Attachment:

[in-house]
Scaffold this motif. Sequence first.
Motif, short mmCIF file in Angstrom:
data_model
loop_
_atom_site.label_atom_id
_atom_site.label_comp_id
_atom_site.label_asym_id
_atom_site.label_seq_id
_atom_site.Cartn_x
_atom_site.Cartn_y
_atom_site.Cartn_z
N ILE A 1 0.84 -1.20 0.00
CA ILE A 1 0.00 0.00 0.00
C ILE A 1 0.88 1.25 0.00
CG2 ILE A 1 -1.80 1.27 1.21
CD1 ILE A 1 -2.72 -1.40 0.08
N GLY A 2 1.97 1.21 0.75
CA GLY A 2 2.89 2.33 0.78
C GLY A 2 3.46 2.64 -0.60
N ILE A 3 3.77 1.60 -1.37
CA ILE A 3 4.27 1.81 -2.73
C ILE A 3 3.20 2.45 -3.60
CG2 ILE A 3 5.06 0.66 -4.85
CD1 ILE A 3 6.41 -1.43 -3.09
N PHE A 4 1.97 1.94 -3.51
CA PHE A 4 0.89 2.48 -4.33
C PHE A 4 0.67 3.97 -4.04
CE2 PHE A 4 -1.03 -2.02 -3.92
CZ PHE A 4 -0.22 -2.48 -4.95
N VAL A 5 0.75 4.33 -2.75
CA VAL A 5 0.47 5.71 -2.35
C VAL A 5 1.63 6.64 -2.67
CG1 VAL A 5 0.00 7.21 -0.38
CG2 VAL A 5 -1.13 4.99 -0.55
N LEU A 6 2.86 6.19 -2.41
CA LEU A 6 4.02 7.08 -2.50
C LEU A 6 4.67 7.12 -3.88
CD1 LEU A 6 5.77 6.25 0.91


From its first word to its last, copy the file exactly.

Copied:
[in-house]
Scaffold this motif. Sequence first.
Motif, short mmCIF file in Angstrom:
data_model
loop_
_atom_site.label_atom_id
_atom_site.label_comp_id
_atom_site.label_asym_id
_atom_site.label_seq_id
_atom_site.Cartn_x
_atom_site.Cartn_y
_atom_site.Cartn_z
N ILE A 1 0.84 -1.20 0.00
CA ILE A 1 0.00 0.00 0.00
C ILE A 1 0.88 1.25 0.00
CG2 ILE A 1 -1.80 1.27 1.21
CD1 ILE A 1 -2.72 -1.40 0.08
N GLY A 2 1.97 1.21 0.75
CA GLY A 2 2.89 2.33 0.78
C GLY A 2 3.46 2.64 -0.60
N ILE A 3 3.77 1.60 -1.37
CA ILE A 3 4.27 1.81 -2.73
C ILE A 3 3.20 2.45 -3.60
CG2 ILE A 3 5.06 0.66 -4.85
CD1 ILE A 3 6.41 -1.43 -3.09
N PHE A 4 1.97 1.94 -3.51
CA PHE A 4 0.89 2.48 -4.33
C PHE A 4 0.67 3.97 -4.04
CE2 PHE A 4 -1.03 -2.02 -3.92
CZ PHE A 4 -0.22 -2.48 -4.95
N VAL A 5 0.75 4.33 -2.75
CA VAL A 5 0.47 5.71 -2.35
C VAL A 5 1.63 6.64 -2.67
CG1 VAL A 5 0.00 7.21 -0.38
CG2 VAL A 5 -1.13 4.99 -0.55
N LEU A 6 2.86 6.19 -2.41
CA LEU A 6 4.02 7.08 -2.50
C LEU A 6 4.67 7.12 -3.88
CD1 LEU A 6 5.77 6.25 0.91